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April 11th, 2007

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10:19 am - It's Official: Levi's are Dead to Me
After years of sitting around hoping, I finally got desperate enough sitting around watching my pants wear out to call Levi's back, to find out the state of affairs around the Original Spin program.

You see, for a few years, it was possible to go into a Levi's store, try on some prototype pants to establish the fit one wanted, then pick a fabric and style off the wall, write down an inseam and waist size, and wait a few weeks for a pair of pants custom-made to one's specifications to be delivered to the store. Just like ordering a new car from the factory, really.

In high school, by digging through rack after rack of pants, I could eventually find something in my size. Well, by "in my size" I mean something narrow enough to not actually fall off my hips, and just barely long enough to not make me look ridiculous. It wasn't until I started ordering jeans through Original Spin that I realized that I don't have a 30" waist. I have a 27 to 28" waist, but I'd simply never in my life seen a pair of pants smaller than 30 that had the required 36" inseam.

My best Spin jeans (and cargo pants and cords and twill) are mostly R284 with a 40" inseam. The extra four inches is enough to allow me to roll a 2" cuff into the pants and still have them long enough to break across my shoe. You see, a cuff makes a leg look shorter. Naturally, if one is tall enough to actually want or need a cuff, the pants are too short to make one with out turning them into capri pants. The "R284" means "Relaxed fit, 28 waist, +4 at hips." I also have a couple pair that are R275: one inch narrower in the waist, but the same size at the hips.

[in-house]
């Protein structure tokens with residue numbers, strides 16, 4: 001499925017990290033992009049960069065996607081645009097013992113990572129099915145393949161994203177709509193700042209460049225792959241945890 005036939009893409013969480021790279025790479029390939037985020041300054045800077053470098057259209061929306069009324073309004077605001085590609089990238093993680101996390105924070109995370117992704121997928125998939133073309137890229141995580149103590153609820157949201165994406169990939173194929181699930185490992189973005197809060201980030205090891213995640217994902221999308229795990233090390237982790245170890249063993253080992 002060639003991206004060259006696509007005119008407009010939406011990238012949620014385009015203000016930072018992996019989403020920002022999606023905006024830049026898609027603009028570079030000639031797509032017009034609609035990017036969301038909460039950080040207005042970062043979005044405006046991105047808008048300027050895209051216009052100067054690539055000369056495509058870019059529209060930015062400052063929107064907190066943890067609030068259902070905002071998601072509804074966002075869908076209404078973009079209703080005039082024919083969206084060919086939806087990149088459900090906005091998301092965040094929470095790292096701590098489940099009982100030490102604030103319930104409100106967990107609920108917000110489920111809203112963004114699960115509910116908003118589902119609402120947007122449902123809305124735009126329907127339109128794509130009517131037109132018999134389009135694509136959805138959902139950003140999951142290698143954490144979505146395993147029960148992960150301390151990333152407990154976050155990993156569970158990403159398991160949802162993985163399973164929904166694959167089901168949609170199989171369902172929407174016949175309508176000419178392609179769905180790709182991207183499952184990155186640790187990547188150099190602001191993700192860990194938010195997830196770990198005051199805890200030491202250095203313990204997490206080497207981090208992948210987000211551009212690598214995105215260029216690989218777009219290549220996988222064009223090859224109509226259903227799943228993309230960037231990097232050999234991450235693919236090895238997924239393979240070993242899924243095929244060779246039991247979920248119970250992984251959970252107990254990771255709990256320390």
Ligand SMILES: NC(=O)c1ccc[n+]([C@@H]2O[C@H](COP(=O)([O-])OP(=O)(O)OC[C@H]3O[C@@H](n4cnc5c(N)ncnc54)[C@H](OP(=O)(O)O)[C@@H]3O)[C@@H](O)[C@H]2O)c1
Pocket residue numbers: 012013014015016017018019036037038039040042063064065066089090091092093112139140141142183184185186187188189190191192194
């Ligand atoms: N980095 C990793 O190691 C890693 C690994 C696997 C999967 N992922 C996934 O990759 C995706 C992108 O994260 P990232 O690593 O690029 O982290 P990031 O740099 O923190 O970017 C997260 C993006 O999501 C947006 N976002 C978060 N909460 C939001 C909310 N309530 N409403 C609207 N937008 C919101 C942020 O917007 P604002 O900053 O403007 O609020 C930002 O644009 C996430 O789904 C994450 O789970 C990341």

Four years ago, without warning, Original Spin disappeared. Turns out they'd been making the jeans at a factory in Texas, and they'd closed the factory.

[ring] [ring]

"Hello, Levi Strauss & co."

"Where am I going to get pants now?"

"Your Levi's store can special order anything we manufacture. What size do you wear?"

"28 x 40."

[pause] "I'm very sorry sir. Hopefully we'll have the Original Spin program back soon."

So I waited, and bit by bit, my pants have been wearing out. So a few weeks ago, on the way back from Portland, I stopped at the Auburn Supermall, and the Levi's Outlet store there. This used to be my main source for jeans. They usually had at least a few pairs of something in 30x36.

Not this time. Nor did any other store in the mall. Now, I know that the Gap makes some pants in 28x36, because I've bought a couple of pair through eBay. They're the right size, technically, although they don't fit nearly as well as my R284's. They don't have the 'extra wide' (read, not disconcertingly narrow-looking) leg of my Levi's, but at least they're long enough, and don't have to be cinched up at the waist like some kind of hillbilly pants.

But they don't actually carry that length in the store. At all. For anybody. Of any waist size. No 36" inseam pants. Period.

So today I called Levi's, to bug them about the Spin program. While looking up their number, I also indulged my curiosity and poked around levisstore.com. The site doesn't allow me to actually shop by size. I have to pick a specific type of pant, then see what sizes I can get. That was getting me nowhere, so when I phoned them, I also mentioned that I couldn't even find poorly-fitting Levi's any more.